Notes from Ravello: Chocolate Eggplant

This beautiful trip to Campania (the south of Italy) is not all about food, but also about music, discovery, brief encounters with strangers, valuable time with friends, shopping, Duomos, ancient gardens, walking, hiking, and oh, did I mention food? On what promises to be a splendid day of boating along the Amalfi coast from Minori to Positano, I am perched upon a terrace hanging over the sea, at our lovely Hotel Rufolo in Ravello. For my primo colazione, I try a cornetto with homemade quince jam (very sweet!), a few slices of boiled ham and a delicious roll with sweet butter and coarsely ground orange marmellata –also fatta en casa (homemade).  I am enjoying the sweet, bitter, and salty notes this morning against a double dose of strong espresso.  But alas, this is not all about food.

Cool-ish weather the last few days (with ominous dark clouds at times), had us opt for a hike around Salerno on Sunday.  We visited the grand hotels (once palaces) along the “gold coast” of Ravello and ended in the magnificent gardens of the Hotel Cimbrone, the perfect stage set for the wedding that was to take place there.  We hiked to the outer reaches of the town, passing organic vegetable patches, grape arbors, and olive trees.  We saw hanging “cucuzza” (slender green squashes 3 feet long) which we ate stuffed and steamed one evening (and stuffed, fried and doused in tomato sauce on another.)  Day turned into night and the small piazza in the center of Ravello feels smart with tourists (hardly any Americans) who come for the music festival each summer.  In the evening, one may roam the gardens of the Hotel Rufolo and visit the tiny museum with its curated show of famous fashions from the opera.  (I am reminded of a time decades ago in Florence when Arthur Schwartz and I were guests for dinner in the home of “Biki” – the couturier of Maria Callas.)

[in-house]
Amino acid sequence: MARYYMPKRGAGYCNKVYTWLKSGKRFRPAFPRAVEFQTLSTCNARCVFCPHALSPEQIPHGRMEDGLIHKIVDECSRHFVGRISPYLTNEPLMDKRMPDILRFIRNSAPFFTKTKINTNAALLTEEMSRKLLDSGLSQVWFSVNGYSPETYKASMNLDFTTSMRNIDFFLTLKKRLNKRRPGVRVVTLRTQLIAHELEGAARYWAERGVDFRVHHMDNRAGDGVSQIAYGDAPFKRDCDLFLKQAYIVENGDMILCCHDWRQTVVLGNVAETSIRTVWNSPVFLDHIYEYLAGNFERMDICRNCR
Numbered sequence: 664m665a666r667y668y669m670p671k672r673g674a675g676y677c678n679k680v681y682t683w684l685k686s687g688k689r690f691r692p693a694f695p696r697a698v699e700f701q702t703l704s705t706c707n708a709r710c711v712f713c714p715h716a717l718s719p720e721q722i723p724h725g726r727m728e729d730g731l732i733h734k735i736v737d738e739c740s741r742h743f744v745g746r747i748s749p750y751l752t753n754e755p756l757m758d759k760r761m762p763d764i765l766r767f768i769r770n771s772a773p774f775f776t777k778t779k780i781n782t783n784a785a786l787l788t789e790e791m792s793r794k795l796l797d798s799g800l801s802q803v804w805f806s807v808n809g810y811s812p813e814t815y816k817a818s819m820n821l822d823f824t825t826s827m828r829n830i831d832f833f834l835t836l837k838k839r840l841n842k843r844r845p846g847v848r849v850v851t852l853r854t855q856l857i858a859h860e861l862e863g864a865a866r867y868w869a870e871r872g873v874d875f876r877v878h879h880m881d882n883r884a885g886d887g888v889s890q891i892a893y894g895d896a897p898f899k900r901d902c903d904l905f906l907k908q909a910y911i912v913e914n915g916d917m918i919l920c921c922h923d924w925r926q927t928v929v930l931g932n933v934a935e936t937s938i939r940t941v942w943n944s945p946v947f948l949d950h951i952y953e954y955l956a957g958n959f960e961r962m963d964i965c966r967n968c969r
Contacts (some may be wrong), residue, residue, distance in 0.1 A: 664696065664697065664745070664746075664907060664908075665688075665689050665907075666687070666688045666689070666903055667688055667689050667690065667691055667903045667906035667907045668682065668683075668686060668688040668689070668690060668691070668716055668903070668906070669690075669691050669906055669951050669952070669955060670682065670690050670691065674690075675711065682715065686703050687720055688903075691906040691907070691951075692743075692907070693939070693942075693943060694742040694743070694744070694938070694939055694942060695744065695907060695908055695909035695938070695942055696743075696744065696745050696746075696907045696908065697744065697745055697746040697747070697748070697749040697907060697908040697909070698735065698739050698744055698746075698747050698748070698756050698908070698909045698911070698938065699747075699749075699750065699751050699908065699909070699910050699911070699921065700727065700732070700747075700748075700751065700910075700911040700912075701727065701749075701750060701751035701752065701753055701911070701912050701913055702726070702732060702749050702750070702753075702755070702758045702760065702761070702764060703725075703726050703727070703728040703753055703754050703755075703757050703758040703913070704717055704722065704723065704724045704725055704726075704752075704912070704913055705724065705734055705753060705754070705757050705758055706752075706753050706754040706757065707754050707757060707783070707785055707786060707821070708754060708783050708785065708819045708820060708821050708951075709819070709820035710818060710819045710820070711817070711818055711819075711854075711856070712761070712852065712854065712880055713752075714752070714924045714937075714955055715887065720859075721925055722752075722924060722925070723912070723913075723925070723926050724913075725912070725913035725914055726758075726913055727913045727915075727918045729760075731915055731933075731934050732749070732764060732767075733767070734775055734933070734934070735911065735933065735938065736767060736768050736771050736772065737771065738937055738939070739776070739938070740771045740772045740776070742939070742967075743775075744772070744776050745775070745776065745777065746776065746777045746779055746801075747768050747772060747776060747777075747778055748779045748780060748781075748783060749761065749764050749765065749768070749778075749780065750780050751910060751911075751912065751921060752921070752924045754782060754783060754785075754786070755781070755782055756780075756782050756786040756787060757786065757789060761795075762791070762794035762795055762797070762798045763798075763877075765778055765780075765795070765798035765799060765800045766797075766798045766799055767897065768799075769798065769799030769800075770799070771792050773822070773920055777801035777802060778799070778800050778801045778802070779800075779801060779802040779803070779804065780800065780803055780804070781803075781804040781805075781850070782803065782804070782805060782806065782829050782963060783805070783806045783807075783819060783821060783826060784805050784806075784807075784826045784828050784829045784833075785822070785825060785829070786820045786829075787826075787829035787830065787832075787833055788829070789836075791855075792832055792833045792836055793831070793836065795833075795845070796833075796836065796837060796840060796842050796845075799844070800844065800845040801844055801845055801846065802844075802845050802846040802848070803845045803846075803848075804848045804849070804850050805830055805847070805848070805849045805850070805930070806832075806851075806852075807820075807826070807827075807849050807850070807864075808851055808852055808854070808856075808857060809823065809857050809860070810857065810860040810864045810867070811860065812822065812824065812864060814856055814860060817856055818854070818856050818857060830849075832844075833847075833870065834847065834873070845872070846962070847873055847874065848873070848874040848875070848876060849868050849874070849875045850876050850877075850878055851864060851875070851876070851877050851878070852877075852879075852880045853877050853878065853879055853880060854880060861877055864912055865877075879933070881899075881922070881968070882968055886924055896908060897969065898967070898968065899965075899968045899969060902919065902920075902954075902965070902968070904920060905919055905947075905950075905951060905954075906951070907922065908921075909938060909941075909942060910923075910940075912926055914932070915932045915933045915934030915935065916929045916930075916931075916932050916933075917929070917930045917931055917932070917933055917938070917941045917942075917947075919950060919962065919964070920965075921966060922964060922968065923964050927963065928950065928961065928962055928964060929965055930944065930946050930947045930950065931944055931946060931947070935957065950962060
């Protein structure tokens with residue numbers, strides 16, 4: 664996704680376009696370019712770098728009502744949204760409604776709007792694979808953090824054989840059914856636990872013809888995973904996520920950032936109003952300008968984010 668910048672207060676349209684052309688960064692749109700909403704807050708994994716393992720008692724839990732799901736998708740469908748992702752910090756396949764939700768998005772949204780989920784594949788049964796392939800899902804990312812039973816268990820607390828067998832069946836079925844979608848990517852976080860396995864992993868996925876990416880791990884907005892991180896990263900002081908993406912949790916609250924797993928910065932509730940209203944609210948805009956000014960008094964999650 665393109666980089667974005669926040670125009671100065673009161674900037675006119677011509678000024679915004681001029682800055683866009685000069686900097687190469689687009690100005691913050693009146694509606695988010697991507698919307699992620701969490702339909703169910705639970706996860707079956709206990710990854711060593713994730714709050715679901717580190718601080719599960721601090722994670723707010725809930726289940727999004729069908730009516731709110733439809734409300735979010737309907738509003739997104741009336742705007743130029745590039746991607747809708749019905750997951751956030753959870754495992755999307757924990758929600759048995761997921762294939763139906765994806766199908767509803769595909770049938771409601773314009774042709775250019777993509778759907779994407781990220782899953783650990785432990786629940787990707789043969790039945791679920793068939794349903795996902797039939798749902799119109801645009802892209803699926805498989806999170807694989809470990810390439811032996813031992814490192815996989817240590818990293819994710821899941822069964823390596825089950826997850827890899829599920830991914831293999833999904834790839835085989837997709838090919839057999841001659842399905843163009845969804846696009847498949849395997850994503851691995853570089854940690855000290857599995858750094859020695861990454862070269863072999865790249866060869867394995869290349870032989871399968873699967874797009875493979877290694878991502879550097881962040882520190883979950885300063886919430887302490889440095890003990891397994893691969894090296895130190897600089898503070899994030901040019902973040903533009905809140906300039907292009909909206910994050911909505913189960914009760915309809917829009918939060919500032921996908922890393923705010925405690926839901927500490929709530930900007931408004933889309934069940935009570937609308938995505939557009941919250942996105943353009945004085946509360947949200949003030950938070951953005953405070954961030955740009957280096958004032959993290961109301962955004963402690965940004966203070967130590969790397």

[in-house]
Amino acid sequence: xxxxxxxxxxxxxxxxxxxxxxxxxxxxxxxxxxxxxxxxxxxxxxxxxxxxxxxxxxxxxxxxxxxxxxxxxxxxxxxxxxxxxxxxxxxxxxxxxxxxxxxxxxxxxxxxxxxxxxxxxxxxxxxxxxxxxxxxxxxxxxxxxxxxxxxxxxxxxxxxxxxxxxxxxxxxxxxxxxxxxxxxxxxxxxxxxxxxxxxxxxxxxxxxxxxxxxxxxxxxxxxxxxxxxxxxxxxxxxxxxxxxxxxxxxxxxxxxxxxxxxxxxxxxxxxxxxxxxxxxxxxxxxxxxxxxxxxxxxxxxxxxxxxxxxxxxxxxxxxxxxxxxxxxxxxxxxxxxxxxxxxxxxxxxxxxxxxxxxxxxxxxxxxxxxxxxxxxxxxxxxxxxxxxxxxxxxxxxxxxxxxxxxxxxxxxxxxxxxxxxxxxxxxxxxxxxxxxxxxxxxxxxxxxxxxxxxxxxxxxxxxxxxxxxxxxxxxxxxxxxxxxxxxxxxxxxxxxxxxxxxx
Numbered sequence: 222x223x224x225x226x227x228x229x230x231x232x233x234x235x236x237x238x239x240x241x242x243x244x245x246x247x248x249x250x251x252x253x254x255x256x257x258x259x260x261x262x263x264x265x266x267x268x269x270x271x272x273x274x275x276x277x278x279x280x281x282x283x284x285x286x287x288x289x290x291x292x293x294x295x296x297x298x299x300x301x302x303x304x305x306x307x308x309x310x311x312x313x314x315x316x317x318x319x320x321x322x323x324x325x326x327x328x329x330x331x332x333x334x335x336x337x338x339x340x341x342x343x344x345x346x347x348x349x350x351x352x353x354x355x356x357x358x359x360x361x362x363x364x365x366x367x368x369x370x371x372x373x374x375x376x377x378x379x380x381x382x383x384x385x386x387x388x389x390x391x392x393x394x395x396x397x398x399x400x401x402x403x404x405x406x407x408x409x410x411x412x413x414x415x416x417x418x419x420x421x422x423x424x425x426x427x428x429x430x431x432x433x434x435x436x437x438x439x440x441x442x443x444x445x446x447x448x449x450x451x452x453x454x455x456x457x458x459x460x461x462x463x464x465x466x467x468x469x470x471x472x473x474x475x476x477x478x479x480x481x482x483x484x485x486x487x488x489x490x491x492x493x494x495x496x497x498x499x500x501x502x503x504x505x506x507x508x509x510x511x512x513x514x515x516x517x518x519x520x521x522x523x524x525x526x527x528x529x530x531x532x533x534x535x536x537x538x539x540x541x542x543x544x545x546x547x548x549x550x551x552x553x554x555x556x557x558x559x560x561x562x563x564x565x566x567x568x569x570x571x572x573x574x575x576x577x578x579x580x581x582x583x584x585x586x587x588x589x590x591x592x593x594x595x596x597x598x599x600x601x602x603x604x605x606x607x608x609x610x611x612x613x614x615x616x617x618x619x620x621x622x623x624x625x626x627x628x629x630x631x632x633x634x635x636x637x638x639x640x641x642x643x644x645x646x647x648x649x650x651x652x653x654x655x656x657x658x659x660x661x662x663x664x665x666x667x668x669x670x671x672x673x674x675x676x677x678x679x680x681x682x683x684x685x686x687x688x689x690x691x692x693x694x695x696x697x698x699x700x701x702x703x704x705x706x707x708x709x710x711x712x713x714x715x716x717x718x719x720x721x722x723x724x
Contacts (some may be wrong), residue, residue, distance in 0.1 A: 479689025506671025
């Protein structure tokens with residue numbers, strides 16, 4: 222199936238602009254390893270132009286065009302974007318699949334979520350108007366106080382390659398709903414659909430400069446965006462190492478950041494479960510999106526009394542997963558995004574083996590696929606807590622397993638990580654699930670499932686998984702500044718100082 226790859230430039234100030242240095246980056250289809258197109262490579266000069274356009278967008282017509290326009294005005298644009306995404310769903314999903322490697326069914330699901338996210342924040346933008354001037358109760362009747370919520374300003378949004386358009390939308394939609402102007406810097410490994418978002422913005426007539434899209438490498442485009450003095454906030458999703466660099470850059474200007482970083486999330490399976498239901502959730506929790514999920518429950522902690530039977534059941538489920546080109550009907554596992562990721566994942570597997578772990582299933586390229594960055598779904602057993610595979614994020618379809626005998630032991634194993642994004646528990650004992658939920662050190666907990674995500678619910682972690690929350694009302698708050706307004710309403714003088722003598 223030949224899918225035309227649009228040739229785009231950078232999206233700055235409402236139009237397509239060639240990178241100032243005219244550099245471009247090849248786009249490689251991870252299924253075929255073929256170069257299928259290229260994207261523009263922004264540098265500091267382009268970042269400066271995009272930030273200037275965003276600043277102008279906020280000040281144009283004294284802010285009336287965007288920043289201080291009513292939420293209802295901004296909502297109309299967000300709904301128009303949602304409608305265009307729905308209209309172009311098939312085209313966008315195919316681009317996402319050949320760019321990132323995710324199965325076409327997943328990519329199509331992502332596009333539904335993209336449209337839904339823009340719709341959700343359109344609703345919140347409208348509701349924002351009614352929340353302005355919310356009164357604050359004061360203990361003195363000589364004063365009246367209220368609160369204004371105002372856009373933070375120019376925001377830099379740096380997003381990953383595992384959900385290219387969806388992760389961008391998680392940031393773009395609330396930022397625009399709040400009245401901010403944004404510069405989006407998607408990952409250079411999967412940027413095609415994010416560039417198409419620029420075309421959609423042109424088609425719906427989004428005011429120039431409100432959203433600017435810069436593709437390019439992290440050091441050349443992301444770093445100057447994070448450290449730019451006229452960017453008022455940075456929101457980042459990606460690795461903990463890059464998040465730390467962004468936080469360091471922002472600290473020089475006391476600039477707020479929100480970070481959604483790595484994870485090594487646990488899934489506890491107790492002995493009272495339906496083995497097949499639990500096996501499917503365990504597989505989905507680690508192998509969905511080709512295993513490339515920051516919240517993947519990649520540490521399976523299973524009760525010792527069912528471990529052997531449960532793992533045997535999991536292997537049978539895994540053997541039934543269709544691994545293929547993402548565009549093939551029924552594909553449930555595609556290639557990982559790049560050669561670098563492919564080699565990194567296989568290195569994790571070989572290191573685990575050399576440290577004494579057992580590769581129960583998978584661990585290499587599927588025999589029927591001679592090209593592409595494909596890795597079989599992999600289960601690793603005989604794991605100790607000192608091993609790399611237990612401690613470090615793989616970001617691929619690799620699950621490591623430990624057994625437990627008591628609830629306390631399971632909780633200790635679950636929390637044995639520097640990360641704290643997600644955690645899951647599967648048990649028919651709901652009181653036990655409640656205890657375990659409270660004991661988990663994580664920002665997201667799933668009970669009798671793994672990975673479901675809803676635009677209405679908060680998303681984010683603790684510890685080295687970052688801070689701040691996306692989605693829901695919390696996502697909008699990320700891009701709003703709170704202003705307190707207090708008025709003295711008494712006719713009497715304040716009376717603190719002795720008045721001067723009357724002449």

Perchance to sleep and then a beautiful drive to Salerno – a real city with a sprawling University, the magnificent Duomo di San Matteo, and the Giardino della Minerva, which we visited in honor of my friend, Dale Bellisfield, clinical herbalist and health care practitioner.  Circa 1305, the garden of Minerva is the oldest botanical garden in the Western world and the model upon which all European gardens were developed. One of the plants was the extraordinary “rucola” (arugula) which we have been eating, and it tastes nothing like the arugula we have come to know in the states.  Rubbed between our fingers, the earthy, verdant perfume lasted all day.

A ferry ride to Amalfi:  The flakiest, crunchiest sfogliatelle filled with pastry cream at Pasticceria Pansa (doing business since 1830), and a quick dinner of alici (anchovies) in the style of Amalfi – lightly fried and “glued” with a bit of cheese.  My husband loved them as he did the provolo – smoked cheese grilled between large lemon leaves.  For dessert?   Chocolate eggplant. But more about that later. Ciao, ciao.